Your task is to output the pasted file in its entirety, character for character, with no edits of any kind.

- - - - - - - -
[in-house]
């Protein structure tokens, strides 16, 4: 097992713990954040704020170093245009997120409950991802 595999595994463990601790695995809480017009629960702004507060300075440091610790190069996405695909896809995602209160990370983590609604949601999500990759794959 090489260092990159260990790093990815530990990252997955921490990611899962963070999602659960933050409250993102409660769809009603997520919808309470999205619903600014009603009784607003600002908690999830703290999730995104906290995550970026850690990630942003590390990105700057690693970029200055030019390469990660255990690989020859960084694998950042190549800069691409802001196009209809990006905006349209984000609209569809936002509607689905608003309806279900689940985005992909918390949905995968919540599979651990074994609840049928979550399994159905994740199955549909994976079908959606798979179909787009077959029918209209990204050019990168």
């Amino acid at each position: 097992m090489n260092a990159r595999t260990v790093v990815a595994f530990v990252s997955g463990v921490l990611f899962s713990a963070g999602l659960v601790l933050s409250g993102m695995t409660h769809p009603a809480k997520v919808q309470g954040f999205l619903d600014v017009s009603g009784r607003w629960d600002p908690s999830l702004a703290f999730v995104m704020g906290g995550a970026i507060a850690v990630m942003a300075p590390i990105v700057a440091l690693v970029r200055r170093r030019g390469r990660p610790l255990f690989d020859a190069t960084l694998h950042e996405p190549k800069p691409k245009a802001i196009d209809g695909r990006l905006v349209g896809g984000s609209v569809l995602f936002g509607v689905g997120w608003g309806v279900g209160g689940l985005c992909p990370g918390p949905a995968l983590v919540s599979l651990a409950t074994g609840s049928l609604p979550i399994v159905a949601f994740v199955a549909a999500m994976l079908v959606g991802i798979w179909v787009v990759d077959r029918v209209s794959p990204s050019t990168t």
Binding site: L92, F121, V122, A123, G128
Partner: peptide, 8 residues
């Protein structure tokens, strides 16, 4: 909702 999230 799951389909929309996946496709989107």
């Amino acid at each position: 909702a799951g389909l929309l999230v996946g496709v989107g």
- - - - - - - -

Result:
[in-house]
């Protein structure tokens, strides 16, 4: 097992713990954040704020170093245009997120409950991802 595999595994463990601790695995809480017009629960702004507060300075440091610790190069996405695909896809995602209160990370983590609604949601999500990759794959 090489260092990159260990790093990815530990990252997955921490990611899962963070999602659960933050409250993102409660769809009603997520919808309470999205619903600014009603009784607003600002908690999830703290999730995104906290995550970026850690990630942003590390990105700057690693970029200055030019390469990660255990690989020859960084694998950042190549800069691409802001196009209809990006905006349209984000609209569809936002509607689905608003309806279900689940985005992909918390949905995968919540599979651990074994609840049928979550399994159905994740199955549909994976079908959606798979179909787009077959029918209209990204050019990168």
């Amino acid at each position: 097992m090489n260092a990159r595999t260990v790093v990815a595994f530990v990252s997955g463990v921490l990611f899962s713990a963070g999602l659960v601790l933050s409250g993102m695995t409660h769809p009603a809480k997520v919808q309470g954040f999205l619903d600014v017009s009603g009784r607003w629960d600002p908690s999830l702004a703290f999730v995104m704020g906290g995550a970026i507060a850690v990630m942003a300075p590390i990105v700057a440091l690693v970029r200055r170093r030019g390469r990660p610790l255990f690989d020859a190069t960084l694998h950042e996405p190549k800069p691409k245009a802001i196009d209809g695909r990006l905006v349209g896809g984000s609209v569809l995602f936002g509607v689905g997120w608003g309806v279900g209160g689940l985005c992909p990370g918390p949905a995968l983590v919540s599979l651990a409950t074994g609840s049928l609604p979550i399994v159905a949601f994740v199955a549909a999500m994976l079908v959606g991802i798979w179909v787009v990759d077959r029918v209209s794959p990204s050019t990168t």
Binding site: L92, F121, V122, A123, G128
Partner: peptide, 8 residues
């Protein structure tokens, strides 16, 4: 909702 999230 799951389909929309996946496709989107």
């Amino acid at each position: 909702a799951g389909l929309l999230v996946g496709v989107g």